By Calvin Palmer
A cold case spanning more than 20 years, and involving the murder of nine women in Milwaukee, took a step nearer to being brought before the courts when a suspect was charged after being arrested on Saturday.
Walter E. Ellis, 49, has been charged in the deaths of two of the nine victims and more charges are expected this week, prosecutors said yesterday.
Ellis does have a criminal history. He pleaded no contest in 1998 to a reduced charge of second-degree reckless injury and served three years of a five-year sentence.
Police chief Edward Flynn said: “His criminal history, however, does not lend one to immediately say, you know, ‘prime suspect.'”
Police began to focus on Ellis after his name surfaced in connection with a number of unsolved murders.
He was arrested days after police matched a DNA sample from his toothbrush to samples from the victims.
An officer in suburban Franklin saw Ellis’ car outside a motel on Saturday, Flynn said. Ellis was arrested after a struggle with officers.
Police said Ellis’ DNA was found on the bodies of nine women, ranging in age from 16 to 41. They were killed between 1986 and 2007 on the city’s north side. Investigators believe eight of the women were prostitutes and one was a runaway.
Authorities previously speculated that the person whose DNA was recovered on the runaway had sex with that girl but someone else killed her.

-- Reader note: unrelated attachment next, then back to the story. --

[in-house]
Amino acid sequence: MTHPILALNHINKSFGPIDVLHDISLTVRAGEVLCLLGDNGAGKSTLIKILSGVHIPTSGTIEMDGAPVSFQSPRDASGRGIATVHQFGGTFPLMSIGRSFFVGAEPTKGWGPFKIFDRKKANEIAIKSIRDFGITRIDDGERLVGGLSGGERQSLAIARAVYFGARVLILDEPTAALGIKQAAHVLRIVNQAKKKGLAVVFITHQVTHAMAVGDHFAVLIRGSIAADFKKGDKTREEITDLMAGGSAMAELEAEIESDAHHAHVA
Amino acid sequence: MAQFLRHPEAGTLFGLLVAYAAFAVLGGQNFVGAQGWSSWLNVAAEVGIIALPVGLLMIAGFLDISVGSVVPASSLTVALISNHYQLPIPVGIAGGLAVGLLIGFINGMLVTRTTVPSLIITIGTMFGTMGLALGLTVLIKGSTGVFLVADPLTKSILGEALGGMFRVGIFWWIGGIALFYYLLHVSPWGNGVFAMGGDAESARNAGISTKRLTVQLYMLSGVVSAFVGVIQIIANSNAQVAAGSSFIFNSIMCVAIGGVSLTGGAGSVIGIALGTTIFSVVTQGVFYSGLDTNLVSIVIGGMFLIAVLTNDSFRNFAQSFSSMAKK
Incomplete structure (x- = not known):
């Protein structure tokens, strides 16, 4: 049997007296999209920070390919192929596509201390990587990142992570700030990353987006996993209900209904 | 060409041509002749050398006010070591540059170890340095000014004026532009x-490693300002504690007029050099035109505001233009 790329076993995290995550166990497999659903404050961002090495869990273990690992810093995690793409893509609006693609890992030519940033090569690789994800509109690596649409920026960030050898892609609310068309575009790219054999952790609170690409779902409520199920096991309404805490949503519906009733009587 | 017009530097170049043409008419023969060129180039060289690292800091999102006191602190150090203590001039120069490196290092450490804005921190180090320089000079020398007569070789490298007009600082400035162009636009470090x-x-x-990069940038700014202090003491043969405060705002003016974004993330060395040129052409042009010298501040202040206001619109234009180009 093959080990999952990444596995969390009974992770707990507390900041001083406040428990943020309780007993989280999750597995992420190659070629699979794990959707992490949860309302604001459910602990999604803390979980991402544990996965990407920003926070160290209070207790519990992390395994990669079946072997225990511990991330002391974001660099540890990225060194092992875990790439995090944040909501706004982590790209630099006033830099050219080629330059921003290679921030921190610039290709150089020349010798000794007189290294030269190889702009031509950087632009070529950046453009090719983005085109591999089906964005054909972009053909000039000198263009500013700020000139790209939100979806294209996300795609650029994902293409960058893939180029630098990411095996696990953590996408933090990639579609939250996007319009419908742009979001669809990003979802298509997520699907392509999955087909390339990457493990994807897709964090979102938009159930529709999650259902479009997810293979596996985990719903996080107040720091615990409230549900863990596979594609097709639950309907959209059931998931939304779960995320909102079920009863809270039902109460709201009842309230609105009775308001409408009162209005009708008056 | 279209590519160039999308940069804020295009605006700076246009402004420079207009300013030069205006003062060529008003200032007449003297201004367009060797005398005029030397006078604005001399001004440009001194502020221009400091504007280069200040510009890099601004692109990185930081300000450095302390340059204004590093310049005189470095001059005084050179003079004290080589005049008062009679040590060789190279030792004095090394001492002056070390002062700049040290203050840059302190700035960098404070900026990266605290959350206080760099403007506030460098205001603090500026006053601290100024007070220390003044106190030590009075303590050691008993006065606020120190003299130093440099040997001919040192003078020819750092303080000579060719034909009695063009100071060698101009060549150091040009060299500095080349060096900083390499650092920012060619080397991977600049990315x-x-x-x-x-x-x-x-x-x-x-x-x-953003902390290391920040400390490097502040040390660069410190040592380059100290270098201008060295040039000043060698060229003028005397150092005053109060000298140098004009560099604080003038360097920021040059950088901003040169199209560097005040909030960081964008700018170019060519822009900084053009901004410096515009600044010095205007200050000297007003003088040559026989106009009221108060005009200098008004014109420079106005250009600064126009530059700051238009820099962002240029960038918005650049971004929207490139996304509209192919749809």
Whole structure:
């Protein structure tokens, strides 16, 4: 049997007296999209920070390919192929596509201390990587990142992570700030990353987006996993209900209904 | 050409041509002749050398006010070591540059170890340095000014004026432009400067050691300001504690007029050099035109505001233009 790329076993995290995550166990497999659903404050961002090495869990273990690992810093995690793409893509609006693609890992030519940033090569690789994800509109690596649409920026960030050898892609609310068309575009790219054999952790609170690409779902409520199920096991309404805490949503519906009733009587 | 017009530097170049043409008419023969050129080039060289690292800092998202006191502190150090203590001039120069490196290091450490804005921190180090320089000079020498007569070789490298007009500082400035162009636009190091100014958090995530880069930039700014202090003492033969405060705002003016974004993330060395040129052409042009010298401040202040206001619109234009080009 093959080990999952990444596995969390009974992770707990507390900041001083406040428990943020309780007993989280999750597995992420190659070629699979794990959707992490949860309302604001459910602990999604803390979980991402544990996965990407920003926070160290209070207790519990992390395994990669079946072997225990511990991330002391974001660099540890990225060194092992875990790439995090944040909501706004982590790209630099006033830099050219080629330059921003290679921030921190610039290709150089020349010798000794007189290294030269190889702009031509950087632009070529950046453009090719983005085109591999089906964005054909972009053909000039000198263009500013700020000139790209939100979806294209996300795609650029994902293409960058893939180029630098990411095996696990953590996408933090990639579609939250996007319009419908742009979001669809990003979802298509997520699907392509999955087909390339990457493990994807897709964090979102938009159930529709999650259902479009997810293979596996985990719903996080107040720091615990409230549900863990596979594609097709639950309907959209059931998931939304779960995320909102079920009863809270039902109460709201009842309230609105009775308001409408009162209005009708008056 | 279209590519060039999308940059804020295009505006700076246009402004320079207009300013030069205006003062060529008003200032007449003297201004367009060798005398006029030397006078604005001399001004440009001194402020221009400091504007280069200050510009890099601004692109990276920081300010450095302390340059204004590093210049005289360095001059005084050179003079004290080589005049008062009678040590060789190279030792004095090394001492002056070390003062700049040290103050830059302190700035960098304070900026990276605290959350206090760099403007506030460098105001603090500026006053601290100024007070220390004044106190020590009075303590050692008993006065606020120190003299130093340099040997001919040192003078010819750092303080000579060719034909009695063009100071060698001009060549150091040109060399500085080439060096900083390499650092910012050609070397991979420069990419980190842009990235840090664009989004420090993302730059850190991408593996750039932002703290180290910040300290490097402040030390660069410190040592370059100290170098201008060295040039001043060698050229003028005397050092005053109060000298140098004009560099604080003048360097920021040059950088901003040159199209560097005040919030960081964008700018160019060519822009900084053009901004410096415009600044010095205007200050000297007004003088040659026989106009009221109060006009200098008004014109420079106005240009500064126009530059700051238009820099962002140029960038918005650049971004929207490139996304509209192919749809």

Milwaukee County District Attorney John Chisholm would not say yesterday whether anyone else would be charged in the killings.
Ellis is charged with two counts of first-degree intentional homicide, charges that carry a maximum penalty of life in prison. Additional charges will be filed after prosecutors have a chance to review more evidence, Chisholm said.
At a news conference, yesterday, Flynn refused to comment on a motive, characterize Ellis’ childhood or describe a possible relationship to the victims.
“I don’t think it’s possible for me to speculate what would cause someone to engage in these horrific acts,” Flynn said.
The brother of one of the victims, Joyce Mims, who was strangled in 1997 at the age of 41, said his family has carried a great burden since Mims’ death.
“We just hated that it had taken so long for them to find her killer, those women’s killer,” said 49-year-old Terry Williams, of Madison. “But justice one day is better than no justice at all.”
[Based on a report by the Associated Press.]